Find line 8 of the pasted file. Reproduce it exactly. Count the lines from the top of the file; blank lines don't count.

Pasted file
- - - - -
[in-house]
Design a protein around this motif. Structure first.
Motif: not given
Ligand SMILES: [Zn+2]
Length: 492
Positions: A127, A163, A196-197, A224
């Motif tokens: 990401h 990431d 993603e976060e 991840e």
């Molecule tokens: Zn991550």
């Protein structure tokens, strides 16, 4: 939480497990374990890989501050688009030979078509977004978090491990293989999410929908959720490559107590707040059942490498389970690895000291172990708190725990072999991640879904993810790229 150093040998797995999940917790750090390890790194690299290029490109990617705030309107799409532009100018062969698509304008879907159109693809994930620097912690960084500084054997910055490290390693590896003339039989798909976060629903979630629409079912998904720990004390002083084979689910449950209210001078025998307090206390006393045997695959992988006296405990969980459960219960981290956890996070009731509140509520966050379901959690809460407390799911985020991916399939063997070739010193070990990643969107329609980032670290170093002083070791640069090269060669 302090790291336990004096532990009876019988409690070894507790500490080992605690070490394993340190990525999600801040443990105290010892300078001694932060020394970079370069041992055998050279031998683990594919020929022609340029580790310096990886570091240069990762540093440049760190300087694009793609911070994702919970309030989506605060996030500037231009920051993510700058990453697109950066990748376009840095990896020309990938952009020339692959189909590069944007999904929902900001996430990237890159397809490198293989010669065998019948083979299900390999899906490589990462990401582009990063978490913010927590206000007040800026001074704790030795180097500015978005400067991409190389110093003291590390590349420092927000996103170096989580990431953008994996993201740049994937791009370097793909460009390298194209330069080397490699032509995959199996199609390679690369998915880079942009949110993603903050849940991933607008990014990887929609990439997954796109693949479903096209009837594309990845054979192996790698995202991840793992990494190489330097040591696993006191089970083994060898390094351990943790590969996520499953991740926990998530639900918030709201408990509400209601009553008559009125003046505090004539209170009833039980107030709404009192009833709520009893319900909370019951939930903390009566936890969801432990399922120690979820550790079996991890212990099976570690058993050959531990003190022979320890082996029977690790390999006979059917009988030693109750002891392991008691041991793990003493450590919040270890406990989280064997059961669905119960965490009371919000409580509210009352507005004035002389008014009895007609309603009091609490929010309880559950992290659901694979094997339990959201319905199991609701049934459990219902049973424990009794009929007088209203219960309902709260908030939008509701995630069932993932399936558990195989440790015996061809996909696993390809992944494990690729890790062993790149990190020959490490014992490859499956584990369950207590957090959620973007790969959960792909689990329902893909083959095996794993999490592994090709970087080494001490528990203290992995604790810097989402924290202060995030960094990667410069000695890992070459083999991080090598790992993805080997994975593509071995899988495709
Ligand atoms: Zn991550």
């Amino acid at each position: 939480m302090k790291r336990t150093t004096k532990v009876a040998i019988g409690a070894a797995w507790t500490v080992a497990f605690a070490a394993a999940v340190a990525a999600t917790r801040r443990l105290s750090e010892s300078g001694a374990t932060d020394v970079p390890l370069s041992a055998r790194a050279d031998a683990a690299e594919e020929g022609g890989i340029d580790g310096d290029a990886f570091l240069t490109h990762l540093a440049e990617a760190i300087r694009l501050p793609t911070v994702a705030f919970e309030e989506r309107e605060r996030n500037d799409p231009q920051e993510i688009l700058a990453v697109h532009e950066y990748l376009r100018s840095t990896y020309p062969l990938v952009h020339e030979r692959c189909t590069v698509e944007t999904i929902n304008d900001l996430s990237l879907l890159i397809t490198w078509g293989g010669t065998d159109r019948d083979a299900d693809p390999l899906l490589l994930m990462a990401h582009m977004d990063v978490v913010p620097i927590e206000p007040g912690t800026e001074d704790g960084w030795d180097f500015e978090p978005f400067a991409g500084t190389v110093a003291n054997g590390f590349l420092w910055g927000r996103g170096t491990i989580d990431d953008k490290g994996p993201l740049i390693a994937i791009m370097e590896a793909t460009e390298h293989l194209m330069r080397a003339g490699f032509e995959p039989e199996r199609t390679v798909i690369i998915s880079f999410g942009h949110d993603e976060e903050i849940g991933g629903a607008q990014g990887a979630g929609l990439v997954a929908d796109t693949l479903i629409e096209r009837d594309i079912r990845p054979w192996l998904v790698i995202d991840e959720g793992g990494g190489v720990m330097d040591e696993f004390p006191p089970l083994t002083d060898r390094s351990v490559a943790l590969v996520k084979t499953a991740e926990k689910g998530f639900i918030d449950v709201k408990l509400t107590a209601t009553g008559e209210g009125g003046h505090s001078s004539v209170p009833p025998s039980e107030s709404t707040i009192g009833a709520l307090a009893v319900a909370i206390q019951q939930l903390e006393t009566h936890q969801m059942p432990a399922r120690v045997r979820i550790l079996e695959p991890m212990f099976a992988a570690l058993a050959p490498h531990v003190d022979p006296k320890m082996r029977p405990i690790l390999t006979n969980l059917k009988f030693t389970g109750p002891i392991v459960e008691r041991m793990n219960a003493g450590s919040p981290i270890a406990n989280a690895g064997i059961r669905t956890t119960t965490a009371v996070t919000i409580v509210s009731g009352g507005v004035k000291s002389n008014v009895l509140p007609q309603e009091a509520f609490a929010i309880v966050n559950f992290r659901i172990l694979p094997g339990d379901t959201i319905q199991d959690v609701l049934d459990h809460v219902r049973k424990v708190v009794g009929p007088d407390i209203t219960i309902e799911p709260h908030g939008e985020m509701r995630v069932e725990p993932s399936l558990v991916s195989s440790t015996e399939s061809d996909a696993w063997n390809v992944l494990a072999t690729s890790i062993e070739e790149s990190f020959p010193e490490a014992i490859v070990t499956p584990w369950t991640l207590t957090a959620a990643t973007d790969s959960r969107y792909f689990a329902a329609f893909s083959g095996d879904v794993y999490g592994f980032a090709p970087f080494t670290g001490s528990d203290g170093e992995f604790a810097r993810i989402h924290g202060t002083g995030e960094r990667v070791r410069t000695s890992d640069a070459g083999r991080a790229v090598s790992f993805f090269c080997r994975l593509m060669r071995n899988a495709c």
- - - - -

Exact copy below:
């Molecule tokens: Zn991550």